Having been managing the Asia Pacific region before taking over the reins at EMEA, it is clear to me that Europe’s record is quite mixed. On the one hand, I see the evolution of stimulation of innovation and the venture-capital infrastructure around that not only in the US, but select Asian markets such as China and Singapore, and to a much lesser Japan and Australia, and it becomes obvious that Europe is lagging behind. This isn’t just limited to healthcare but applies more generally. I think it is no coincidence that apart from a few outliers like Airbnb and Spotify there is nothing much of size that has come out of Europe in the last couple of decades in terms of disruptive tech entrepreneurialism.
On the other hand, certain European markets like Switzerland and Belgium perform admirably when it comes to transitioning to value-based care, and where Europe really does excel is in the existence of universal healthcare coverage systems. The US market, by contrast, is entering a danger zone when you consider the unsustainable share of the healthcare burden costs and, at some point, something will simply have to give. It’s only a matter of time.
For Janssen, EMEA remains a very important growth driver. 2019 was initially expected to be a “trough” year with our Chairman, Jennifer Taubert, predicting as much as a USD 3 billion hit to sales due to the coming off of patent and subsequent generic erosion of two star products in the United States: namely prostate cancer med Zytiga® and immunology blockbuster Remicade®. In actual fact, Europe, where the patent cliff is still to happen, has been registering robust revenues and has largely managed to compensate for any shortfall. We are now contributing more to growth than we did in the past. Moreover, the future looks very bright with new drugs set to come on-stream in the coming months such as our ketamine derived drug, Spravato®, which constitutes an exciting new prospect for treatment-resistant depression. There are equally high hopes riding on new indications for drugs like Tremfya™, which we are currently expanding into ulcerative colitis.
And how do the non-European regions of EMEA fit into the mix?
These are very much more long-term plays. There is often a lot of media hype about the growth potential of emerging markets, but our portfolio in places like Africa and the Middle East looks very different from that of Europe with much more of an emphasis on legacy products, though we do try to secure patient access to more innovative therapies through pricing structures that take into account the GDP capabilities of a nation.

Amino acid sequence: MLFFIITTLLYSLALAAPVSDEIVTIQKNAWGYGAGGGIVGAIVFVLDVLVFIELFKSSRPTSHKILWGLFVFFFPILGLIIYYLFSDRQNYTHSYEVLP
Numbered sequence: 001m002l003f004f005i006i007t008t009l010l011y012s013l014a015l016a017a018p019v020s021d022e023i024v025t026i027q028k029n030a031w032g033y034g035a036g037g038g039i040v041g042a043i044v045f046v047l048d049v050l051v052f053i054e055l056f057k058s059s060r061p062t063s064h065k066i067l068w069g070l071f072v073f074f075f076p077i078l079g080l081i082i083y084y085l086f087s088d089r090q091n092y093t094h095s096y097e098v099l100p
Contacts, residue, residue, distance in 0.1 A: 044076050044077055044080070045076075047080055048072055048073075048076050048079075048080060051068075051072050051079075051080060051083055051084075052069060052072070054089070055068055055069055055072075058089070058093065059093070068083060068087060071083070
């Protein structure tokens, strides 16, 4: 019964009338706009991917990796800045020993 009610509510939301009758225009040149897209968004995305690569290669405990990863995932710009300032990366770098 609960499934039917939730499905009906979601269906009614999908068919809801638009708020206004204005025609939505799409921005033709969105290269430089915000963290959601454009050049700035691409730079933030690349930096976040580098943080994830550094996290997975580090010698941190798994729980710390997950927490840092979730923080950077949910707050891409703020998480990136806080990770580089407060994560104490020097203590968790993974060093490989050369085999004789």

Our priority in these markets is to stay the course. Aside from the obvious ethical need to do so, experience tells us that “staying-power” pays off in the long run. For example, we were one of the few pharma MNCs to remain in Russia during the turbulence of the mid to late 1990s, with most of our competitors pulling out. This was hugely appreciated by the full range of stakeholders from the authorities to patients to practitioners. Then when our competitors tried to reenter the market they found it very difficult to reestablish their original foothold. Janssen’s message to the emerging markets of EMEA is that we are always in it for the long haul and not just a fair-weather friend.
To wrap up, what has been your experience handling the integration of Actelion?
I’m happy to be able to confirm that we are now nearing the completion of this process. We actually had a twin-speed sequencing for absorbing the Actelion portfolio and infrastructure. This has been a major undertaking with PAH becoming Janssen’s 6th therapeutic area. The first step, which was finalized mid last year, was to carry out the integration in what we call the non-G4 markets, that comprises everywhere other than the very sophisticated markets of France, Germany, the UK and Italy. Then the second stage, this year, has been to tackle these more complex G4 markets.
The entire process has been proceeding very smoothly, and I think that is a testament to how we go about this type of operation. Janssen is quite different from many of its peers when it comes to M&A activity. Many companies, as soon as they have made an acquisition, try and drive immediate cost-efficiencies often by having a fire sale and downsizing staff. Janssen, by contrast, tends to look much more for synergies than pure efficiencies and endeavours to rock the boat as little as possible by keeping the best elements of the acquired entity intact including the original corporate culture. If we look at past acquisitions like Centocor, the philosophy has always been about conducting very thorough due diligence to ensure the target will be the right fit and then “going slow to go fast” when it comes to absorption.
My belief is that Actelion brings with it a lot of added value besides just the product portfolio. They operated almost as an orphan drug company with in-depth knowledge and understanding about the patient that we can learn a great deal from. Their customer interaction is excellent. What we then bring to them is a far more extensive and robust launch capacity and market access infrastructure. When you combine these two elements it ends up a very good marriage.